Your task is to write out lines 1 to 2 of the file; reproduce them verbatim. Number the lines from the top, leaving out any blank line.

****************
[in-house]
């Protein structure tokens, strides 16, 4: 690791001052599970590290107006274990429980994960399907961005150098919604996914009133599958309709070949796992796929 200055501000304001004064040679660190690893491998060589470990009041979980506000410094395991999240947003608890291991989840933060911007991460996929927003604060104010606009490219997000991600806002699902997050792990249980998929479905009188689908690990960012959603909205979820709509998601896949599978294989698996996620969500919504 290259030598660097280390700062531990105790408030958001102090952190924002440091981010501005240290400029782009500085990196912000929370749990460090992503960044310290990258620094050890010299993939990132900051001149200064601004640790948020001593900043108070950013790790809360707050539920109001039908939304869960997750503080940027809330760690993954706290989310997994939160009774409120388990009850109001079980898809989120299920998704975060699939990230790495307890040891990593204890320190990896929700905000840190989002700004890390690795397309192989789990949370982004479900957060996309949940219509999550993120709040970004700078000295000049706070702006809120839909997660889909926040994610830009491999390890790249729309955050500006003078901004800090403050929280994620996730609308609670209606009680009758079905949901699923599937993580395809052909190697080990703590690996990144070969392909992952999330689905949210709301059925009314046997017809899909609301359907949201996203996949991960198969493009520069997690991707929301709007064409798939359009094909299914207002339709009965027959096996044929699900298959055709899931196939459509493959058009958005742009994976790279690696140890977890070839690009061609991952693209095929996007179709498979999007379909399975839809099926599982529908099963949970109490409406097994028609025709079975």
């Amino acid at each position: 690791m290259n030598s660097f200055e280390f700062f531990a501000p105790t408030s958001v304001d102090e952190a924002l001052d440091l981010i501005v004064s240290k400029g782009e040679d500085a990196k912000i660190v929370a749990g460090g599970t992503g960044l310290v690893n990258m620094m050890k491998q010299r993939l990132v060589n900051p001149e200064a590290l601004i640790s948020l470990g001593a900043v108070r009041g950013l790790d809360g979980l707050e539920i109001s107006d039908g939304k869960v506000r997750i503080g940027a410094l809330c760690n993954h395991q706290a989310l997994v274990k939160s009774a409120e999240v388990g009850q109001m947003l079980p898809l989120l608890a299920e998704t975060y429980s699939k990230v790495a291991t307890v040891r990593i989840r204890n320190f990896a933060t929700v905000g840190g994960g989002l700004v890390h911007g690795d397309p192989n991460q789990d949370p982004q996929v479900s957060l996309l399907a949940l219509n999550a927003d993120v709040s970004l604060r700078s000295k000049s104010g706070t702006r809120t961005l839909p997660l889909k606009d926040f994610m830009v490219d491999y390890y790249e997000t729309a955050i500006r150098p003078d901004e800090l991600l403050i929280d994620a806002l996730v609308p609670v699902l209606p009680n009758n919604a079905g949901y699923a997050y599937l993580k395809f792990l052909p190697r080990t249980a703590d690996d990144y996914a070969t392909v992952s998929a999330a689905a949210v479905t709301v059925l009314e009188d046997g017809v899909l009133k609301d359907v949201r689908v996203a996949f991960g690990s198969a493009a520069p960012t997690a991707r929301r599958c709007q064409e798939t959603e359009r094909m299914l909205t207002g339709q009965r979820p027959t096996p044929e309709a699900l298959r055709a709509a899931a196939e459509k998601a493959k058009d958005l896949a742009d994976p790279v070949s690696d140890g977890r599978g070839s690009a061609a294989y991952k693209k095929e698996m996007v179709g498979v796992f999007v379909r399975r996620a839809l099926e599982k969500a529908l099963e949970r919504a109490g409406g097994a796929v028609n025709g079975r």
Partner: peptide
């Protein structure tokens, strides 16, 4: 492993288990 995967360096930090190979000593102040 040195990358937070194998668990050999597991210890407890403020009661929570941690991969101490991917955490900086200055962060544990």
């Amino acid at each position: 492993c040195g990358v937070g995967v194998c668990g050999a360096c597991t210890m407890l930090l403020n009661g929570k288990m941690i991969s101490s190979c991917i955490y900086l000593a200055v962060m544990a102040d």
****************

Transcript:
[in-house]
């Protein structure tokens, strides 16, 4: 690791001052599970590290107006274990429980994960399907961005150098919604996914009133599958309709070949796992796929 200055501000304001004064040679660190690893491998060589470990009041979980506000410094395991999240947003608890291991989840933060911007991460996929927003604060104010606009490219997000991600806002699902997050792990249980998929479905009188689908690990960012959603909205979820709509998601896949599978294989698996996620969500919504 290259030598660097280390700062531990105790408030958001102090952190924002440091981010501005240290400029782009500085990196912000929370749990460090992503960044310290990258620094050890010299993939990132900051001149200064601004640790948020001593900043108070950013790790809360707050539920109001039908939304869960997750503080940027809330760690993954706290989310997994939160009774409120388990009850109001079980898809989120299920998704975060699939990230790495307890040891990593204890320190990896929700905000840190989002700004890390690795397309192989789990949370982004479900957060996309949940219509999550993120709040970004700078000295000049706070702006809120839909997660889909926040994610830009491999390890790249729309955050500006003078901004800090403050929280994620996730609308609670209606009680009758079905949901699923599937993580395809052909190697080990703590690996990144070969392909992952999330689905949210709301059925009314046997017809899909609301359907949201996203996949991960198969493009520069997690991707929301709007064409798939359009094909299914207002339709009965027959096996044929699900298959055709899931196939459509493959058009958005742009994976790279690696140890977890070839690009061609991952693209095929996007179709498979999007379909399975839809099926599982529908099963949970109490409406097994028609025709079975």